The Role of Wireframes in Website Design

A site map shows you a 10,000-foot view of your website. It also shows connections between different parts of the website, divides it into sections and introduces navigation.

What a sitemap doesn’t do is show the page-level details. It doesn’t talk about what goes on each page, how you break down the content and how people navigate within a single page.

To create answers for all these questions, you need to create page wireframes.

A wireframe is a diagrawireframe-bare-webwisem of a website page. You can use a number of different tools to create such diagrams, from Adobe Illustrator to Microsoft Visio.

Identifying what content goes on different pages and how it is logically connected can be a tremendous task, especially if you are dealing with a large corporate website. In such a scenario you may want to introduce pre-wireframes and create wireframe templates for different kinds of website pages. This can help your team members quickly map out various zones on a page and make sure that all the zones and pages work well together and are consistent at the same time.

After you create pre-wireframes, you can describe the details for all the different content zones on various pages.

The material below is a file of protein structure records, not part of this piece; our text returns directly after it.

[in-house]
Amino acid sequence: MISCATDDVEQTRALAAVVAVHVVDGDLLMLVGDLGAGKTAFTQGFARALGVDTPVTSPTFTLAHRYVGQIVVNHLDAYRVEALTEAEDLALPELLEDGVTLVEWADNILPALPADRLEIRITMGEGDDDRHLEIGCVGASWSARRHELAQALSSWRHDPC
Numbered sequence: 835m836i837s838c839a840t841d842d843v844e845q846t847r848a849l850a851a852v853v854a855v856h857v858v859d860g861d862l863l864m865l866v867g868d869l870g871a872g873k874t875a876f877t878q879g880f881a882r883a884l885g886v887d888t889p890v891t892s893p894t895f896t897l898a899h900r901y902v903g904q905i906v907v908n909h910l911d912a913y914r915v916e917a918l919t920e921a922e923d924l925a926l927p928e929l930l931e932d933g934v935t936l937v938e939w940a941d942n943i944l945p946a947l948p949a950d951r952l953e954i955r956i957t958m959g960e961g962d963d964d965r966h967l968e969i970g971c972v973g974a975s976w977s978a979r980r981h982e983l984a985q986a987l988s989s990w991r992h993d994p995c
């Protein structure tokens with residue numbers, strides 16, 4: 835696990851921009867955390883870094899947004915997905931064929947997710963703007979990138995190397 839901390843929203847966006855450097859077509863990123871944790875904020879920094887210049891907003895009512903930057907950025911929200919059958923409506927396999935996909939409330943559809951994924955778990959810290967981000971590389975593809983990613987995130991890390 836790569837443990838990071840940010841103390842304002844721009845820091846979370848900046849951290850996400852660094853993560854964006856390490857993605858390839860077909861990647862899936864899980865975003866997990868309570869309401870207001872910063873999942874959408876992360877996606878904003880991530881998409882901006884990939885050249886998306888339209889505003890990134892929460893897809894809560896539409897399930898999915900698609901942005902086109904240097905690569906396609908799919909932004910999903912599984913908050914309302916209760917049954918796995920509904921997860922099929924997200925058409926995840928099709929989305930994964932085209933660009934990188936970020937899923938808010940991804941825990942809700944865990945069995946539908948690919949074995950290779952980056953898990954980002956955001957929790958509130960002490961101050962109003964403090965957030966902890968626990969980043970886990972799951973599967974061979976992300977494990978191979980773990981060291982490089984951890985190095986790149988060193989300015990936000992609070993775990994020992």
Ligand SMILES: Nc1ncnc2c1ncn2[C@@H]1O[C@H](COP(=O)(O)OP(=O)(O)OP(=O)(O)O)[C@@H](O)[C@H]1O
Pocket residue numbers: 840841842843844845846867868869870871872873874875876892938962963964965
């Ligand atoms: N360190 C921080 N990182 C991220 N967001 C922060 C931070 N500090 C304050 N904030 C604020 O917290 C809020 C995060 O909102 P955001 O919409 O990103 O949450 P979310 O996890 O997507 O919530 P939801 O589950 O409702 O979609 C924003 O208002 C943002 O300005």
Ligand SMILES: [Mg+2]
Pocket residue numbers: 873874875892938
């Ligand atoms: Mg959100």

Wireframes are similar to checklists that guide you as to what goes on each page of a website in terms of content and media, including what copy goes where and how long it is, which objects of your content management system go on the page, what images and media should be included and what technical items a page should have such as links, widgets, checkboxes, and buttons.

Wireframes perform the same function for a website as architectural blueprints do for buildings. Wireframes provide web designers with an opportunity to strategically place all the content and interactions on diagrams with both the clients and the technical experts that will later build and code the website.

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